Brainiacs assemble! Leeds Science Festival kicks off in style
BUDDING young brainiacs made a splash this weekend as the city launched into a month-long celebration of science.
The annual Leeds Festival of Science kicked off with a ‘Power of Water’ event at Thwaite Mills, where visitors got to grips with practical science activities, learning about everything from hydrogen fuel cells and steam engines to water wheels and water rockets.
The event was the first in a series of workshops, talks, shows and activities for pupils and the public, which will be held across the city in the coming weeks as part of the festival, which is now in its 11th year.
Dr Ruth Holland, one of the organisers, said: “This year’s festival has so much in store, from comedy and debates to children learning about cutting-edge science.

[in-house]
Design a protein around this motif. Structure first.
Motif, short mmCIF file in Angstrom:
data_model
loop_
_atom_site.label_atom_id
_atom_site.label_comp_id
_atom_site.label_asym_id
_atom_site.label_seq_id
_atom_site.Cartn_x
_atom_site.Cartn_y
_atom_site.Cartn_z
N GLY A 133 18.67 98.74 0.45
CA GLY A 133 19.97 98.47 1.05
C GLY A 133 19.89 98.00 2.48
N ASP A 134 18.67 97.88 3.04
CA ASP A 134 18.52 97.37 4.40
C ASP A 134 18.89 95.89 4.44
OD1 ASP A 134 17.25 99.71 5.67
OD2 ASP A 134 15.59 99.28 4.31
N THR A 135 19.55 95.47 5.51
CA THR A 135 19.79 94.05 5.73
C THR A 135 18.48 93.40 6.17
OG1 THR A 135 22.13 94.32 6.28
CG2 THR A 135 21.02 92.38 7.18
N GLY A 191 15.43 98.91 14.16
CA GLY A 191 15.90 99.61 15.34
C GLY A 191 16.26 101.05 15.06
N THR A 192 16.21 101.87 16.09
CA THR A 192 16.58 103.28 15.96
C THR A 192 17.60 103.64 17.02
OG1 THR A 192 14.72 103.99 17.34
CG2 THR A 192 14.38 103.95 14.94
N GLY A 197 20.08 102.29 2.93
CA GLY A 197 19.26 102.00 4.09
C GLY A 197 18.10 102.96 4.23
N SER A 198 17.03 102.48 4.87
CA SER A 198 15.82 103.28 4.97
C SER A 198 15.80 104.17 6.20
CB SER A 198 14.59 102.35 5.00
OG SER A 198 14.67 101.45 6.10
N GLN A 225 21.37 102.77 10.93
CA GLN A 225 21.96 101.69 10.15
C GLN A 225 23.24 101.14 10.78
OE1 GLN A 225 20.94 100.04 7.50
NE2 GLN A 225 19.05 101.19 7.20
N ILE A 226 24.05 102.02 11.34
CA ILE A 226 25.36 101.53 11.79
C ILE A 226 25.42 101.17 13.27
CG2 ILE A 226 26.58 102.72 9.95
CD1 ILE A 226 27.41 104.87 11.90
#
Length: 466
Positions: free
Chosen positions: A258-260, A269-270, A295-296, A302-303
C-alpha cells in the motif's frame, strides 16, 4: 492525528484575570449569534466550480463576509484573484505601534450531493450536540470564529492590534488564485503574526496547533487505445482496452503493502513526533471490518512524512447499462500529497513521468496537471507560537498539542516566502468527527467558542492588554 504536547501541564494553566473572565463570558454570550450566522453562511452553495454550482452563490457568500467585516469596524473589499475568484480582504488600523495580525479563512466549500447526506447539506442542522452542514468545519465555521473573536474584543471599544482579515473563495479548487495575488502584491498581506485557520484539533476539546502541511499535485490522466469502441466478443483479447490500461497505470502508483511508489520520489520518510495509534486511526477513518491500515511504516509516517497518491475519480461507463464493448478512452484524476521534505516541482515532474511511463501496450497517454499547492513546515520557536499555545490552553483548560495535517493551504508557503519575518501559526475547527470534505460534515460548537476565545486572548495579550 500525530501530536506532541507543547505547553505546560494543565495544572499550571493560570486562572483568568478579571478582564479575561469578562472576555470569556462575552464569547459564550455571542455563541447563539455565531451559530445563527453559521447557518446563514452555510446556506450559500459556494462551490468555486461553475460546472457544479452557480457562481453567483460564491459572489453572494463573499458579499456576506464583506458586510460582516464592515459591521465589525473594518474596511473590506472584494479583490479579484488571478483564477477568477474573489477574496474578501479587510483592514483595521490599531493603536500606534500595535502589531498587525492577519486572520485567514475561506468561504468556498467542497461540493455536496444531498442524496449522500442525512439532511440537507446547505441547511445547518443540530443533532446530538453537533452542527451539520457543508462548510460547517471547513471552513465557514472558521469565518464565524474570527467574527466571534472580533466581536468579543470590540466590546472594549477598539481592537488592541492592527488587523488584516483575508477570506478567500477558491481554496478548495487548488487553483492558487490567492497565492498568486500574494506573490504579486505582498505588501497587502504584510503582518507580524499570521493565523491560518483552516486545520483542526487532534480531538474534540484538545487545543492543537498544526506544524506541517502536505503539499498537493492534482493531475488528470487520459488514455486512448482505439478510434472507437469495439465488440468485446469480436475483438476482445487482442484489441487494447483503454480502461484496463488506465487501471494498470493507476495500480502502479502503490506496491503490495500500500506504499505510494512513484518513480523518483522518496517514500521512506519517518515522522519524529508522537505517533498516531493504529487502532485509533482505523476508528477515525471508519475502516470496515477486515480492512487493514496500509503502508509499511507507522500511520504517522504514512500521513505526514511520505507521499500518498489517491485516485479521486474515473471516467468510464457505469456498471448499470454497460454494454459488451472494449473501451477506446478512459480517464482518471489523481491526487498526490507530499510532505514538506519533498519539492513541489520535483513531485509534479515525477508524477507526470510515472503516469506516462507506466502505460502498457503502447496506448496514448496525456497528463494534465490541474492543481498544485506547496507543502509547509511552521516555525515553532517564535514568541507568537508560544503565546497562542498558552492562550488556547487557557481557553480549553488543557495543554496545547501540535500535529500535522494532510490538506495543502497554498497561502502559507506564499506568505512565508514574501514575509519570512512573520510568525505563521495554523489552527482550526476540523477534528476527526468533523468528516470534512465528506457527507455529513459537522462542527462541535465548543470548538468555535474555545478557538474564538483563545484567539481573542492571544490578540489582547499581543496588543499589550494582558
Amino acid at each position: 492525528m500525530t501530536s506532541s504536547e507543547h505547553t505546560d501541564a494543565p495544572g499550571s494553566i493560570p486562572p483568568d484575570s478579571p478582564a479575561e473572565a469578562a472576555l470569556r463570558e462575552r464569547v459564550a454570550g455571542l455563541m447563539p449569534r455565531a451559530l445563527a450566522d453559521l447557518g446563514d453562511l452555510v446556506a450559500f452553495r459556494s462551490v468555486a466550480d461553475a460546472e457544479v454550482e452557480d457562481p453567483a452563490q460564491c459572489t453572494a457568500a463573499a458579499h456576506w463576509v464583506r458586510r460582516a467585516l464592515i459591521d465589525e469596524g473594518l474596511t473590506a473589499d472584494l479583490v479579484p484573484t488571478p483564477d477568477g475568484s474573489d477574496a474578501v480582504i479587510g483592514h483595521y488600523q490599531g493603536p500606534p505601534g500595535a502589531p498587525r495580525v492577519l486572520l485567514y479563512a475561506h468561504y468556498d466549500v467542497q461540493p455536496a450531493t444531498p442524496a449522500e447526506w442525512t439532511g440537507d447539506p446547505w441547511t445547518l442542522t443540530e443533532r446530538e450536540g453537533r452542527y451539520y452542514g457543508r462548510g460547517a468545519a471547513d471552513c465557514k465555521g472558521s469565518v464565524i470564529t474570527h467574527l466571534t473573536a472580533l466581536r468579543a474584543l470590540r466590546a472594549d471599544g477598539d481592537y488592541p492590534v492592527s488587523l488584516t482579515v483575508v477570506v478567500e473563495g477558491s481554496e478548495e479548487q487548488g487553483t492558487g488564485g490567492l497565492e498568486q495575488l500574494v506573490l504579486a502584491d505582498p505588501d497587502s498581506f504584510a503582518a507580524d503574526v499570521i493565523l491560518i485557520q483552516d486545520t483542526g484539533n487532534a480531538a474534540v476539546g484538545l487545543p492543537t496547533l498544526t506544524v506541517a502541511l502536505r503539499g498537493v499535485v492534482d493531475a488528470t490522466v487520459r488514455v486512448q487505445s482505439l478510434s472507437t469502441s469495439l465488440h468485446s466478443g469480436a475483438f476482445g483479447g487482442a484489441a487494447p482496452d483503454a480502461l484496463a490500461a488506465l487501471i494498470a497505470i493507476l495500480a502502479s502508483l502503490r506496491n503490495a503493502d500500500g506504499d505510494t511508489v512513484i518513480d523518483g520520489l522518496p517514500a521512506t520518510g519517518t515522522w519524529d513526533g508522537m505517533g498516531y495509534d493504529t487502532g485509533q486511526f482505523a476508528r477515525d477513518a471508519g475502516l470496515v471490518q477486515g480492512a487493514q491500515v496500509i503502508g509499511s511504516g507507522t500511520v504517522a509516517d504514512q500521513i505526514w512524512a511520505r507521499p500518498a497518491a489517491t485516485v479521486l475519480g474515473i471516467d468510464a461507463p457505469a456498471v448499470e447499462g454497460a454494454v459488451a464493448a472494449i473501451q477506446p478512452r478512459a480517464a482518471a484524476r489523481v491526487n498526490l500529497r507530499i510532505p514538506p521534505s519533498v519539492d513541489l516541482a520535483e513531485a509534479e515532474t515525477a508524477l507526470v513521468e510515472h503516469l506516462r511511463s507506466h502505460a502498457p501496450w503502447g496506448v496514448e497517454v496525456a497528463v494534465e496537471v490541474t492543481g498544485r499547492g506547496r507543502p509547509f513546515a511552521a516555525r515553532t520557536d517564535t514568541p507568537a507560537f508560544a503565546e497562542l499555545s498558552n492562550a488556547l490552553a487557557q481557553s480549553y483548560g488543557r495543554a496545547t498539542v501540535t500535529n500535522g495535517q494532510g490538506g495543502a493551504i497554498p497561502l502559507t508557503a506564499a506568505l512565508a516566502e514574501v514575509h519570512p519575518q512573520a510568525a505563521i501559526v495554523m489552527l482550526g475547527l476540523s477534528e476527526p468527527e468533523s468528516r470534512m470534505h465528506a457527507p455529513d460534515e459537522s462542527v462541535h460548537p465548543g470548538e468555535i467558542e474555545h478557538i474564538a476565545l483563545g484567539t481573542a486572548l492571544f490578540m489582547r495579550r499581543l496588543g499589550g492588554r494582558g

“We thought last year’s 10th anniversary celebrations would be difficult to beat, but we think this festival will top them all!”
On the other side of the city, youngsters put their knowledge to the test in a challenging maths quiz.
Children from 12 secondary schools battled it out in the competition at the University of Leeds, with Abbey Grange Church of England Academy being crowned the winners.
Sara Atkinson, from the University of Leeds, said: “There was a great buzz in the room as the students worked together to solve the puzzles.”
The Leeds Festival of Science aims to celebrate science, technology, science, engineering and mathematics.
It is run by the University of Leeds and finishes on Wednesday, March 23.
THERE’S plenty to keep science fans busy this month:
> Bright Club Leeds: Comedians, musicians, writers and academics will join forces for a night of live entertainment at The Fenton from 7pm on March 10.
> Engineering Colouring Book Launch: Visit Trinity Kitchen on March 12 and you can get a free copy of the new Engineering Colouring Book and help colour in what could be the World’s largest colouring page.
> Discover Science through Comics: On March 13, visit White Cloth Gallery for an exhibition of comics that break the barrier between science and art.